I recently flew from Las Vegas to New York, and during the 5-hour trip, the lady next to me said something like "Can you believe I paid nothing for this flight?" I pressed her for details, surprised and a little irate as I was, knowing that I forked over nearly $800 on something that someone next to me got for free. After a half-hour of chit-chat about everything from online travel deals to the best time to book flights, I found out that my neighbor was a travel aficionado, over several years has learned the intricacies of international travel, and understood what it took to fly for free-or, more reasonably, how to fly at discounted fares. One of the best ways to reduce your overall travel expense is to book your flight at strategic times, where the laws of demand and supply turn out in your favor.
Book Tuesday Mornings
I found that most airlines automatically adjust fare sales on Monday nights, giving ample time for competitors to match their prices no later than Tuesday morning. So if you shop around that time, you have a full plate of competitive prices to choose from, and you wouldn't feel as angry as I was after finding out that you paid, say, $150 more because you booked your flight on Monday night with a carrier that has not adjusted its price at the time you purchased the ticket.
Figure out the Plane's Capacity
Remember the laws of supply and demand I referred to earlier? They apply clearly when it comes to evaluating how full your flight is and by how much fares could potentially go down. Basically, fares are lower when the plane is way below capacity. To find out customer reservations on a particular flight, go through the entire booking process, and at the end, say "yes" when the system asks you whether you want to choose your seat. That way, you would see not only sections of the plane where seats are available, you also figure out whether the plane is at capacity or whether, say, 60% of seats are still unoccupied.
Prefer Tuesdays through Thursdays
I personally have noticed-and my Las Vegas-to-New York flight neighbor also confirmed-that you are better off flying from Tuesday through Thursday. These three days seem to be the best time to fly at discounted prices, but check that information with your airline. This is because things like destination as well as social, economic, and geopolitical factors might affect fares unfavorably, even on Tuesdays, Wednesdays and Thursdays.
If you are a fare-conscious passenger, you should definitely not fly from Fridays through Sundays-even Mondays-because those days seem to draw the highest level of travel, not only domestic but also trans-continental.
Flying off-season is not just the domain of penny pinchers. In a modern-day economy in which every cent counts, don't feel guilty if you save a few dollars here and there by flying off-season while your friends and relatives hop on planes with gusto during periods as hectic as Spring Break, the Holiday Season, and the Labor Day weekend.
The whole idea is to save money, so call your favorite airline and find out what period qualifies as off-season and what is the fare range during that interval. This is because the definition of low-flying season varies by airline and destination, among others. For example, U.S. Airways defines September 1-30 as off-season for travel from North America to Mexico, Central America and the Caribbean Islands.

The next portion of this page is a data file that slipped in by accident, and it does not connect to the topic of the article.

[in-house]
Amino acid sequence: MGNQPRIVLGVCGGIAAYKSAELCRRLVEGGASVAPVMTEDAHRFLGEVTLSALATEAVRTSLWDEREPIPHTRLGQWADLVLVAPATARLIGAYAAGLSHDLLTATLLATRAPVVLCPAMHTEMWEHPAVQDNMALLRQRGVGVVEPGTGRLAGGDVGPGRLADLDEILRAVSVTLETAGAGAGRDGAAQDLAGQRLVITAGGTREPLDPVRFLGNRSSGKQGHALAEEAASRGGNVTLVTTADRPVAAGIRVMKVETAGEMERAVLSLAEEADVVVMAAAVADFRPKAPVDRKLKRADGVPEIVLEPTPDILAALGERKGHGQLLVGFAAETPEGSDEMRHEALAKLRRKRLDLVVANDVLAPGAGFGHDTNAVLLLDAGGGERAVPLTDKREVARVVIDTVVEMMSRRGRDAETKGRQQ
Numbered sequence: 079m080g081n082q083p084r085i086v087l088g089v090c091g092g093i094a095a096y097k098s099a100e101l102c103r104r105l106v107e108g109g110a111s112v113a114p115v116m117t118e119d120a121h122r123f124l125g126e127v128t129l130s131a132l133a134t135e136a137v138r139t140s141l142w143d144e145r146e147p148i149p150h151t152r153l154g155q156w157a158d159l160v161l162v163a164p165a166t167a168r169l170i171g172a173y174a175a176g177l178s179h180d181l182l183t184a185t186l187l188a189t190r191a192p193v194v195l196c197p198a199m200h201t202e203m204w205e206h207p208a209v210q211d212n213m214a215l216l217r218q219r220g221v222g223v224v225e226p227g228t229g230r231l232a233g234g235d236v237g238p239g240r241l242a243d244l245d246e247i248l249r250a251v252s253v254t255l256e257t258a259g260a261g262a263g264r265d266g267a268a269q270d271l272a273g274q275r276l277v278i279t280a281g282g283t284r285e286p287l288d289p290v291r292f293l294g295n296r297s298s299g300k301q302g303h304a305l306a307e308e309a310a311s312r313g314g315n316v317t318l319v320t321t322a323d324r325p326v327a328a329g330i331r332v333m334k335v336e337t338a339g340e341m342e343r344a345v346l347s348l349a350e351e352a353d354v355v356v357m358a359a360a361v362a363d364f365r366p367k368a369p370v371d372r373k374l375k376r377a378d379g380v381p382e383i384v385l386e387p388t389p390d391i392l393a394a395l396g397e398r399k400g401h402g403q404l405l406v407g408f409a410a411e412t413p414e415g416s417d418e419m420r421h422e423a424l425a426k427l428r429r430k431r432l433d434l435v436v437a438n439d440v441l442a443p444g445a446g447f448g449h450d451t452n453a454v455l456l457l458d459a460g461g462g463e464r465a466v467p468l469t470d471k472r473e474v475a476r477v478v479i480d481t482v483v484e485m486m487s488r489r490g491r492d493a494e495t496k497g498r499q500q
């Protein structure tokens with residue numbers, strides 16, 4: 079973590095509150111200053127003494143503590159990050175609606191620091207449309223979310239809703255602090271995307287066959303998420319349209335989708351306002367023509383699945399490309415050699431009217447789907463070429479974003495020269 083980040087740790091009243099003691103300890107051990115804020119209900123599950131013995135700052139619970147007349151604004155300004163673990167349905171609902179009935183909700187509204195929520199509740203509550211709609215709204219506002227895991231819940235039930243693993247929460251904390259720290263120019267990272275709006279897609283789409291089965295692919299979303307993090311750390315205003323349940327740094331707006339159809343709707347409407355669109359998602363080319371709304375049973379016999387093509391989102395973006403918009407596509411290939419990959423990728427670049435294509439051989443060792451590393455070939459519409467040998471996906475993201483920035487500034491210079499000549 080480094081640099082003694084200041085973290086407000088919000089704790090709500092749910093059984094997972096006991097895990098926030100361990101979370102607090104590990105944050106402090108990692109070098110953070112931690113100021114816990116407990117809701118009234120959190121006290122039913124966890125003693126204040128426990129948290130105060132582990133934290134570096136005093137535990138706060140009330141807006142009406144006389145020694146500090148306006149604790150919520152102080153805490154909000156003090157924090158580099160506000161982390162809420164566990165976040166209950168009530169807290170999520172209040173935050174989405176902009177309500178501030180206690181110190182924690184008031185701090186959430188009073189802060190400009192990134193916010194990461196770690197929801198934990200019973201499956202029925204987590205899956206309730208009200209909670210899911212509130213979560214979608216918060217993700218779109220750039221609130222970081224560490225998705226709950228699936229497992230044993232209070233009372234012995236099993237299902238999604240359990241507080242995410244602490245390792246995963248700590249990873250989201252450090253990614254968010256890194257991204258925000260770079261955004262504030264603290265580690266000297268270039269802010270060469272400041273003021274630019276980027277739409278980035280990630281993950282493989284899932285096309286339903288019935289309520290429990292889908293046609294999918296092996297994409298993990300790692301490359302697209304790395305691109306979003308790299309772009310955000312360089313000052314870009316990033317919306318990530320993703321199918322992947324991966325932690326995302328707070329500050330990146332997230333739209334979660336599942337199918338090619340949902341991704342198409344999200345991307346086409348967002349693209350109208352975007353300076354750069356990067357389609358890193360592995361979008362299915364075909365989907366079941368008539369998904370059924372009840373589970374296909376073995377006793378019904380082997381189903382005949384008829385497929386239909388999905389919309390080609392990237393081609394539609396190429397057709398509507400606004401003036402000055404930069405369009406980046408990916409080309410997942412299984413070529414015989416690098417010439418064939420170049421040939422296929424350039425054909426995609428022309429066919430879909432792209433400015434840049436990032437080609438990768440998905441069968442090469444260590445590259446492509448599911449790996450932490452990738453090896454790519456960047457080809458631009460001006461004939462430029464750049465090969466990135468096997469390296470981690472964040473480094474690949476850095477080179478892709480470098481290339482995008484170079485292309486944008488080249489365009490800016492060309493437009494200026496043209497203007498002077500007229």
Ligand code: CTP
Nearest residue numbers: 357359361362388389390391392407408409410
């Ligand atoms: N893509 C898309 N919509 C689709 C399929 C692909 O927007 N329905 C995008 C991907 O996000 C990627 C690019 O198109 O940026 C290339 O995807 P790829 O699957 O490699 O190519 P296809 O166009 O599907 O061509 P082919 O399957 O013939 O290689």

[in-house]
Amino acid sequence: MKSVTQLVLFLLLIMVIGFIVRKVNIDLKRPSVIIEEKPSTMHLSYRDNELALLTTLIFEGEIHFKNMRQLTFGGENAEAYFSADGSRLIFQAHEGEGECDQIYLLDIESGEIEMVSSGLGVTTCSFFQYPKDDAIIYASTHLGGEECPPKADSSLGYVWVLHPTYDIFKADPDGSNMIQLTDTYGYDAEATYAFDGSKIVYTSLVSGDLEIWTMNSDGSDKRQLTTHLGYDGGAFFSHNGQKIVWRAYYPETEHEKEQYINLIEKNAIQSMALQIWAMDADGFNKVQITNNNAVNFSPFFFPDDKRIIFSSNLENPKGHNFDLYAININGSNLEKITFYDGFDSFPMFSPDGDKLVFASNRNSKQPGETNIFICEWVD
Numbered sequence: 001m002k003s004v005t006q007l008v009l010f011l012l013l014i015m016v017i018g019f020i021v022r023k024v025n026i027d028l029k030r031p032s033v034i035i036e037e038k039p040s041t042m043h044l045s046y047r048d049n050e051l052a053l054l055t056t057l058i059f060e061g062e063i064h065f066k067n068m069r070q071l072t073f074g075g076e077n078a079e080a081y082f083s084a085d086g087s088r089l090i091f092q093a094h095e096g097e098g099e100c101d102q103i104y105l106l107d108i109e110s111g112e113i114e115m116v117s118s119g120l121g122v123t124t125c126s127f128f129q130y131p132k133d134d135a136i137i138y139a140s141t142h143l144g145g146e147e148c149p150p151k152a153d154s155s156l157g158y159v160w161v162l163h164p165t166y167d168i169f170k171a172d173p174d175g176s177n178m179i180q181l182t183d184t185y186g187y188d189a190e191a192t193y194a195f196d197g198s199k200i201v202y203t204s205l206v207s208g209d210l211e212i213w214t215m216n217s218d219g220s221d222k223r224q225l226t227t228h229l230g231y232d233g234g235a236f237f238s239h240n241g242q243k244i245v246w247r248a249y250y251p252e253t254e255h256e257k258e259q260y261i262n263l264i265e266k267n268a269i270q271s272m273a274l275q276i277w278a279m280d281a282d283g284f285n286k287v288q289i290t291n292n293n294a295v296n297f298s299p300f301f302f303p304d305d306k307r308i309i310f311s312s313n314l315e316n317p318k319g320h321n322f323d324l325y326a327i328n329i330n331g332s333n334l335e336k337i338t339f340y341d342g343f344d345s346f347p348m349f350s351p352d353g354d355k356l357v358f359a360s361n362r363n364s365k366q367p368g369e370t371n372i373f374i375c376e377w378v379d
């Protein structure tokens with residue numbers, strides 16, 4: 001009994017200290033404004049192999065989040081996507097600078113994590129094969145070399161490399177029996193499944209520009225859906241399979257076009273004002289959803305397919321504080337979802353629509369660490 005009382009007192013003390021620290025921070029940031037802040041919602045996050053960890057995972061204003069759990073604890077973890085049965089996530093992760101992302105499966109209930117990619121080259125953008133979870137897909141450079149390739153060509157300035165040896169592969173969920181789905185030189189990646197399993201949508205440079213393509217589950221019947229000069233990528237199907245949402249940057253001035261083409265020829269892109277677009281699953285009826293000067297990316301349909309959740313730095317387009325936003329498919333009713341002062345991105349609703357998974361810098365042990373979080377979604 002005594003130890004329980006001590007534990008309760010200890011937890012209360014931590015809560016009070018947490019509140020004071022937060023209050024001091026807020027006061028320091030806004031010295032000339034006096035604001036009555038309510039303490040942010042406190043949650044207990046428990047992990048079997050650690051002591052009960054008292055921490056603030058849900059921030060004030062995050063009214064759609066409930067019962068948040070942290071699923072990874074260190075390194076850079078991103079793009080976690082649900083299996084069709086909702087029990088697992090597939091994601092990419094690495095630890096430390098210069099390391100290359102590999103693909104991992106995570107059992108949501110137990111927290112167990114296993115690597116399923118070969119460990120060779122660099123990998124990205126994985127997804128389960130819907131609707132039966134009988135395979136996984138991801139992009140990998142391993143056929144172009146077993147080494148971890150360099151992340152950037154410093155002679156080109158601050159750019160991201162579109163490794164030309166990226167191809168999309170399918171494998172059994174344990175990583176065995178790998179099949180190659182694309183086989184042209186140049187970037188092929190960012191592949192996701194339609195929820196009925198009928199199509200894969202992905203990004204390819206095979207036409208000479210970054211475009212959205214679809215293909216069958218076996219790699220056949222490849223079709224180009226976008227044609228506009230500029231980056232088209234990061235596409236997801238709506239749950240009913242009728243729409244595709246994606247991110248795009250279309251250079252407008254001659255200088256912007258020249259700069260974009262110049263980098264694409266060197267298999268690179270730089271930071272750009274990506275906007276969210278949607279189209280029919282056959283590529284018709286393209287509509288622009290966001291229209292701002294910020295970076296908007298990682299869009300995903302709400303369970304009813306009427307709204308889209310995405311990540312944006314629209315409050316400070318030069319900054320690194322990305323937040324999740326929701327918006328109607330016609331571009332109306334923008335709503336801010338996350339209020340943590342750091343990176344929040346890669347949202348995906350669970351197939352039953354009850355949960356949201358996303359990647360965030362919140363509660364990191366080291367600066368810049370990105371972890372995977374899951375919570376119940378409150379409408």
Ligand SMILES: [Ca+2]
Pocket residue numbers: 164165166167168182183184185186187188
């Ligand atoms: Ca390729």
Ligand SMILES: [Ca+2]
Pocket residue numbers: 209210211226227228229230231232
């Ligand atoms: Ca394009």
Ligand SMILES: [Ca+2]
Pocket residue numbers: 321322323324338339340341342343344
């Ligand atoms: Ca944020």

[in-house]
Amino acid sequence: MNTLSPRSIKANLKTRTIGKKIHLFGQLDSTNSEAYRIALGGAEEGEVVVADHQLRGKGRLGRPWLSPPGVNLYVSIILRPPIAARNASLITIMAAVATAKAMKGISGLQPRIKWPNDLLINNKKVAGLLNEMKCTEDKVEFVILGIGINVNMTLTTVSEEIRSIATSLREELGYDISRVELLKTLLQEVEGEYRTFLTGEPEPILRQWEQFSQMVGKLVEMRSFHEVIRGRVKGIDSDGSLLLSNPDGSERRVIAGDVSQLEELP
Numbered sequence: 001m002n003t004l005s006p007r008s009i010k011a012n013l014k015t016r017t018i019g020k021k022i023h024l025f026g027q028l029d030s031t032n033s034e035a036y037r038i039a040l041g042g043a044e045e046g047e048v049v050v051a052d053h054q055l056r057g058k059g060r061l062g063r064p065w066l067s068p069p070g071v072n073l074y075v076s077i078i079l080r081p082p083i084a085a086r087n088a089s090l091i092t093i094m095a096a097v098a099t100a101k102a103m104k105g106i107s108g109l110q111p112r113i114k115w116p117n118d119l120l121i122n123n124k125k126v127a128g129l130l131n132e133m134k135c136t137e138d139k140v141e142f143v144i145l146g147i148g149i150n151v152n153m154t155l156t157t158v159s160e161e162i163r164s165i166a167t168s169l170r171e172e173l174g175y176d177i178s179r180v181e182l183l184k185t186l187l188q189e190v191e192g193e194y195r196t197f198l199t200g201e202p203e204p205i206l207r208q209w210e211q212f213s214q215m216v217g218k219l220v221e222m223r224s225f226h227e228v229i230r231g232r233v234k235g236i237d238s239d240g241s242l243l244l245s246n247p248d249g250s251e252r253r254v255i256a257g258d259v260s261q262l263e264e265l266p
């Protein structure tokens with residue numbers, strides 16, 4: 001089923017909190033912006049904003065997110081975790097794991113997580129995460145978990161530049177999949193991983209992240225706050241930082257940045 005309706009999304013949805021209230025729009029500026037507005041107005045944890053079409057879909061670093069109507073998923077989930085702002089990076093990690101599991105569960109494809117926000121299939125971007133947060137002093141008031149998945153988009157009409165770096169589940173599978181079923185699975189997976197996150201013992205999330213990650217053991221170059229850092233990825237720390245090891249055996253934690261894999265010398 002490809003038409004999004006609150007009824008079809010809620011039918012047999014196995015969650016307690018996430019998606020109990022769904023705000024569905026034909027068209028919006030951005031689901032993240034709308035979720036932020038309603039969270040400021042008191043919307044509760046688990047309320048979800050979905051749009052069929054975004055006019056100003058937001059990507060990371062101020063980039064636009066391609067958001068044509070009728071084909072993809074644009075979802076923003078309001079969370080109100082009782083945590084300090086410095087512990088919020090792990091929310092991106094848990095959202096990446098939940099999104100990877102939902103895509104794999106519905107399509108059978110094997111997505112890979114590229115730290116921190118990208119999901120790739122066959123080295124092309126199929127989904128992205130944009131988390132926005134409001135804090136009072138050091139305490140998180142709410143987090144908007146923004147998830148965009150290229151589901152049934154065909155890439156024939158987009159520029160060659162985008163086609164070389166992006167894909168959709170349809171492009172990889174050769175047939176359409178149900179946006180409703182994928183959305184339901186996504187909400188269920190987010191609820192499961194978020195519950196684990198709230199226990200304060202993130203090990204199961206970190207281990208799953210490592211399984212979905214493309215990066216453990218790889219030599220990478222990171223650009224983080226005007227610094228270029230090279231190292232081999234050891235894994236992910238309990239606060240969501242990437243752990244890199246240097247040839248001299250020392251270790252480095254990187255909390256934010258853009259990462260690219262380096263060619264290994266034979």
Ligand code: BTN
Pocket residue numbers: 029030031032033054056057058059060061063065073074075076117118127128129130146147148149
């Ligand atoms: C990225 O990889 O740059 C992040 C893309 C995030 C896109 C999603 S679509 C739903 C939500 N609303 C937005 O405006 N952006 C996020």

Track fare information that most airlines typically publish every day-or every hour on the busiest routes. Sign up for your favorite airline's newsletter and read every edition intently. Electronic newsletters are even better because you can book a flight right from your smart phone as soon as you see an interesting price range for a particular destination. I also suggest you call the airline's passenger help desk to learn more about pricing changes around the period during which you want to travel. If the fares proposed around that time are not affordable, ask the help desk representative to recommend an interval that offers lower-priced fares.
Use Web-based Flight Tools
Don't let anybody discourage you from using online search tools when shopping around for cheap flights. Granted, these tools often are slow, and like you, I hate those annoying out-of-nowhere pop-ups, too. But the beauty of tools such as Kayak, LowFares.com, Trip Advisor, and Fare Compare is that they call data from multiple sources and present it to you in nice, side-by-side comparative way. These flight data aggregators essentially perform the same tasks that are typically done by online travel agencies like Expedia.
Use Rewards, Discounts, Rebates-You Name it!
The main point here is the best time to fly, but I think you also need to remember that you can reduce even further an already cheap ticket if you use your credit or debit card. Talk to your bank or credit card company to learn more about ways to reduce your travel expenses as well as the best time to use your rewards. The way it works, you accumulate points when you use your card for purchases on things like restaurants, groceries, travel, and entertainment. Then, you can get cash back or apply the points to reduce your fare, receive VIP treatment at airport lounges, enjoy speedier bag checking, and upgrade your ticket to first class or business class.
Flight booking is a game, but if you play it well and understand the rules by which airlines are abiding, you can substantially diminish your overall travel budget. You could even fly free of charge-why not? The best time to book flights span from Tuesday through Thursday as well as during the off-peak season in the specific route you plan to take.